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What may well be the final two legislative battles of the Trump presidency unspooled in typically chaotic fashion Wednesday as the president departed Washington for his Mar-a-Lago resort, leaving behind a vetoed defense bill, continued uncertainty over the fate of some $900 billion in COVID relief, and some very dismayed Republican leaders.
In a taped message Tuesday night, Trump denounced as a "disgrace" a $2.3-trillion year-end spending bill that congressional leaders of both parties had negotiated with his Treasury secretary. He demanded Congress approve $2,000-per-person relief checks, rather than the $600 checks the bill includes.
On Wednesday, he followed through on threats to veto the $741-billion defense bill, which authorizes a vast array of military programs and includes a 3% pay increase for service members. Trump said he vetoed the bill because Congress had not included an extraneous measure he backs that targets social media companies. He also said he opposed a provision to rename military bases that were named after Confederate generals.
House Speaker Nancy Pelosi (D-San Francisco) called Trump's veto of the defense bill "an act of staggering recklessness" and said the House would vote Monday on overriding the veto. The chair of the Senate Armed Services Committee, Sen. James M. Inhofe (R-Okla.), also called for an override.
The bill passed both the House and Senate with more than the two-thirds necessary to override a veto, but some Republicans who voted for it have said they won't join that effort. If the override passes in the House, the Senate will take it up later in the week.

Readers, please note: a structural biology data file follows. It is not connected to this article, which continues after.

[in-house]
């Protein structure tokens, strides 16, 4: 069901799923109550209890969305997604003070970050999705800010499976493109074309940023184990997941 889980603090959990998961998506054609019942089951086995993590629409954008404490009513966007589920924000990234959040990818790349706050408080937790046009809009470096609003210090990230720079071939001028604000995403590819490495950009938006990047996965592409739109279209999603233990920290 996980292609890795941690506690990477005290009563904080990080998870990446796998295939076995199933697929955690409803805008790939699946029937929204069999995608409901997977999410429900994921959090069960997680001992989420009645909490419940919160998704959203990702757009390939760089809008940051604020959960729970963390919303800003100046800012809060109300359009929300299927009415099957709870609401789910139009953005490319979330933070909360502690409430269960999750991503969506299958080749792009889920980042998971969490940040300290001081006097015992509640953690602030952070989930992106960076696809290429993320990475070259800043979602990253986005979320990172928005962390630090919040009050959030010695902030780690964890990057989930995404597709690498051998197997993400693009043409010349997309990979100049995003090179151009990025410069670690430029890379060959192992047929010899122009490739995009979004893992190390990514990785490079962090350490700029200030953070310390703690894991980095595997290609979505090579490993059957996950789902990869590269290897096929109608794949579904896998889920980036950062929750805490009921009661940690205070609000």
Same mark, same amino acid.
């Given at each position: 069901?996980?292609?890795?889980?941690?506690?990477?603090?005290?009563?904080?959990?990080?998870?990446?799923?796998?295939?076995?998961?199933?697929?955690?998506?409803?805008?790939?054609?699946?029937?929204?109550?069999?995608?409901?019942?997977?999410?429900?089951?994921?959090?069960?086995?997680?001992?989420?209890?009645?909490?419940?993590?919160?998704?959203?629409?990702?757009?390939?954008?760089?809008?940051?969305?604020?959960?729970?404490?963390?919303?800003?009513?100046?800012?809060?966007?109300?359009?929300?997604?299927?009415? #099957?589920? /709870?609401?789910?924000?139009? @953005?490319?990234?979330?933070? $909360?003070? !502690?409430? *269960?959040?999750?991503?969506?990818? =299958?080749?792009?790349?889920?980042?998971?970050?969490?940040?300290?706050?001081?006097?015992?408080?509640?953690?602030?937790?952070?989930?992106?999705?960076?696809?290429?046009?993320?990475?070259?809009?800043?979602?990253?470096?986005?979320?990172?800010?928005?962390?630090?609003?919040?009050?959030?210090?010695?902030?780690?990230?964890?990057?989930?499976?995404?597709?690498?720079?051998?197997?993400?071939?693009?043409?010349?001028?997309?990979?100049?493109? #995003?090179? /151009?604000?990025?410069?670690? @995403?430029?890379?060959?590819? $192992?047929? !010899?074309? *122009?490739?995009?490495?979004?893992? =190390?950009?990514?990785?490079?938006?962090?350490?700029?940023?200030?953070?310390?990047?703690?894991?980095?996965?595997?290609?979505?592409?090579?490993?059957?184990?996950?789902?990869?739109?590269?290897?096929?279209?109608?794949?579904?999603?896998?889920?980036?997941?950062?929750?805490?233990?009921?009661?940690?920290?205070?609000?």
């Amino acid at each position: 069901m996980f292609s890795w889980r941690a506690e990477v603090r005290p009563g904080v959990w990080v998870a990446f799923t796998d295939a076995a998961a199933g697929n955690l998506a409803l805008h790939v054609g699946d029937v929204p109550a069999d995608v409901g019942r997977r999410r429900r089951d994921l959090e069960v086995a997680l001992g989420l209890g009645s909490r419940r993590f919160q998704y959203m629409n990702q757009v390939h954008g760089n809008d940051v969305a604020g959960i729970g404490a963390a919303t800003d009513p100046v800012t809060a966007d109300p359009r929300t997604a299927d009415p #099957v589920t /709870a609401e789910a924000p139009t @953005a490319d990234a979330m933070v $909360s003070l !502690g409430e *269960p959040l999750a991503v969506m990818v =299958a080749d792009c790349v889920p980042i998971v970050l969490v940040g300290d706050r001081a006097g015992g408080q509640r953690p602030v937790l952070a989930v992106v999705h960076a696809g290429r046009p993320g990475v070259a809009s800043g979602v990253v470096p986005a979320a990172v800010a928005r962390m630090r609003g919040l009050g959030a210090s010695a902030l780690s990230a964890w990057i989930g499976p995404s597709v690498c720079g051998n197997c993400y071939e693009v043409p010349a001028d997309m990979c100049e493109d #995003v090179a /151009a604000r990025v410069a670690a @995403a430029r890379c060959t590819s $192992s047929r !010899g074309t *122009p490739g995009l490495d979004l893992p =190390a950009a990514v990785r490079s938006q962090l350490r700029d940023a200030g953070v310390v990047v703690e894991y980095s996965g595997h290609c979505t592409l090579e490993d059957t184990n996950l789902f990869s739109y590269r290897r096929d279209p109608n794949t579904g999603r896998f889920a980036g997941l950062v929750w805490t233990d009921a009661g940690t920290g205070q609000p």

Trump continued to keep both sides guessing whether he would veto the spending bill containing the coronavirus relief package or just complain about it, perhaps as a way of punishing Republican Senate leaders who have not backed his latest efforts to subvert November's presidential election, which he lost to Democrat Joe Biden. White House officials, many of whom had been caught off guard by Trump's message Tuesday, could offer no clarity.
Either way, Trump's move created huge problems for Republicans, pitting their fear of getting crosswise with a mercurial president against their distaste for further large helpings of government spending.
In a conference call of Republican House members Wednesday, Rep. Don Bacon (R-Neb.) said Trump had thrown GOP members "under the bus" with his remarks. Trump was kept aware of the status of negotiations throughout the process, Bacon said later in a statement.
GOP members of Congress will face their first test on Thursday, when Pelosi plans to bring a measure to the House floor that would provide the $2,000 checks demanded by Trump.
The measure will come up under rules that require unanimous approval, and there's a strong likelihood that at least one Republican will object and block the effort for now.
Some Republicans have backed direct checks to individuals as part of the COVID-19 relief package. Earlier this month, GOP Sen. Josh Hawley of Missouri joined independent Sen. Bernie Sanders of Vermont in demanding that any COVID bill include checks.
Others, however, oppose any direct payments, saying much of the money would go to people who don't need it.
“Most working Americans don’t need a check right now. It’s a really foolish, empty-headed, left-wing, socialist idea to pass out free money to people," Sen. Rand Paul (R-Ky.) said in an interview Wednesday on Fox News.
Other Republicans don't object to checks in principle, but balk at the extra spending. Direct checks account for about $200 billion of the roughly $900 billion of COVID relief in the current bill. Increasing the checks to $2,000 for adults would add about $370 billion to the cost, according to an estimate by Ernie Tedeschi, an economist who was a senior Treasury Department official in the Obama administration. In negotiations over the last few weeks, Republicans insisted on keeping the total cost of COVID relief below $1 trillion.
A veto of the bill would come with enormous consequences. The overall bill to which the COVID relief is attached funds government agencies though September. Current funding expires at midnight Monday, so a veto would probably cause government agencies to close.